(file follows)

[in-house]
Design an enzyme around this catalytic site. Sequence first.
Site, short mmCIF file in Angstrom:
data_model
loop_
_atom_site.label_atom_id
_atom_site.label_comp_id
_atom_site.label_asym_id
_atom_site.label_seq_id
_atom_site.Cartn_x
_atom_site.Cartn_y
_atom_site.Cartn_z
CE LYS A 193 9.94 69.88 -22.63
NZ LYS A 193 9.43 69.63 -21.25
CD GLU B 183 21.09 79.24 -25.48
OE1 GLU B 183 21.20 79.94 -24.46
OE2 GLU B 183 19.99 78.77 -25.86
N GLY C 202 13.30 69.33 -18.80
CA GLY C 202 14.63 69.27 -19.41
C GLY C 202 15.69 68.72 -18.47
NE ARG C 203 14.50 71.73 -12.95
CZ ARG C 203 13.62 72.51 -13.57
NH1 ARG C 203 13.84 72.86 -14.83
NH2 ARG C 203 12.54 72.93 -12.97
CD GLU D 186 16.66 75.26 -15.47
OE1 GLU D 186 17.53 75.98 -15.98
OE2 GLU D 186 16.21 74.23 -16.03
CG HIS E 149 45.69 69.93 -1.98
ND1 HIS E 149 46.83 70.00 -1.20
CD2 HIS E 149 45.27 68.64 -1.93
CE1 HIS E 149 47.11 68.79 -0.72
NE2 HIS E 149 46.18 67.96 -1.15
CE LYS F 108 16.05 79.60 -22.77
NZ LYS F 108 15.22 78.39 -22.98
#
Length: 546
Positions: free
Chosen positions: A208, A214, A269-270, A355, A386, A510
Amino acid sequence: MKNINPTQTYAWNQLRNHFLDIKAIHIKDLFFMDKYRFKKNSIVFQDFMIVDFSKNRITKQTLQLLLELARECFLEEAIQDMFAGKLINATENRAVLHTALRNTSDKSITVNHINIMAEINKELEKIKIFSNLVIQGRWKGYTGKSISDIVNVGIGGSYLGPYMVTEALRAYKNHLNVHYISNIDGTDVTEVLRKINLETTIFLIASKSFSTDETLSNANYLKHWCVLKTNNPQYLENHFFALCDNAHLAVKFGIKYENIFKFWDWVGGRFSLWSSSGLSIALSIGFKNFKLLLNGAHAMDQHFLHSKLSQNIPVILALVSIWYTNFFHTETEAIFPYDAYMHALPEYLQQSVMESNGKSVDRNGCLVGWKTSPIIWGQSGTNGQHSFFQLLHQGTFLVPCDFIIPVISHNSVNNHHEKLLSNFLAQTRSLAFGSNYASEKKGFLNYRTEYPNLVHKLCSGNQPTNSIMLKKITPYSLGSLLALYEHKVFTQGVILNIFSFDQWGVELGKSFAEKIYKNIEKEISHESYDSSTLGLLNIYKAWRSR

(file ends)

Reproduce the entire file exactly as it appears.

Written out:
[in-house]
Design an enzyme around this catalytic site. Sequence first.
Site, short mmCIF file in Angstrom:
data_model
loop_
_atom_site.label_atom_id
_atom_site.label_comp_id
_atom_site.label_asym_id
_atom_site.label_seq_id
_atom_site.Cartn_x
_atom_site.Cartn_y
_atom_site.Cartn_z
CE LYS A 193 9.94 69.88 -22.63
NZ LYS A 193 9.43 69.63 -21.25
CD GLU B 183 21.09 79.24 -25.48
OE1 GLU B 183 21.20 79.94 -24.46
OE2 GLU B 183 19.99 78.77 -25.86
N GLY C 202 13.30 69.33 -18.80
CA GLY C 202 14.63 69.27 -19.41
C GLY C 202 15.69 68.72 -18.47
NE ARG C 203 14.50 71.73 -12.95
CZ ARG C 203 13.62 72.51 -13.57
NH1 ARG C 203 13.84 72.86 -14.83
NH2 ARG C 203 12.54 72.93 -12.97
CD GLU D 186 16.66 75.26 -15.47
OE1 GLU D 186 17.53 75.98 -15.98
OE2 GLU D 186 16.21 74.23 -16.03
CG HIS E 149 45.69 69.93 -1.98
ND1 HIS E 149 46.83 70.00 -1.20
CD2 HIS E 149 45.27 68.64 -1.93
CE1 HIS E 149 47.11 68.79 -0.72
NE2 HIS E 149 46.18 67.96 -1.15
CE LYS F 108 16.05 79.60 -22.77
NZ LYS F 108 15.22 78.39 -22.98
#
Length: 546
Positions: free
Chosen positions: A208, A214, A269-270, A355, A386, A510
Amino acid sequence: MKNINPTQTYAWNQLRNHFLDIKAIHIKDLFFMDKYRFKKNSIVFQDFMIVDFSKNRITKQTLQLLLELARECFLEEAIQDMFAGKLINATENRAVLHTALRNTSDKSITVNHINIMAEINKELEKIKIFSNLVIQGRWKGYTGKSISDIVNVGIGGSYLGPYMVTEALRAYKNHLNVHYISNIDGTDVTEVLRKINLETTIFLIASKSFSTDETLSNANYLKHWCVLKTNNPQYLENHFFALCDNAHLAVKFGIKYENIFKFWDWVGGRFSLWSSSGLSIALSIGFKNFKLLLNGAHAMDQHFLHSKLSQNIPVILALVSIWYTNFFHTETEAIFPYDAYMHALPEYLQQSVMESNGKSVDRNGCLVGWKTSPIIWGQSGTNGQHSFFQLLHQGTFLVPCDFIIPVISHNSVNNHHEKLLSNFLAQTRSLAFGSNYASEKKGFLNYRTEYPNLVHKLCSGNQPTNSIMLKKITPYSLGSLLALYEHKVFTQGVILNIFSFDQWGVELGKSFAEKIYKNIEKEISHESYDSSTLGLLNIYKAWRSR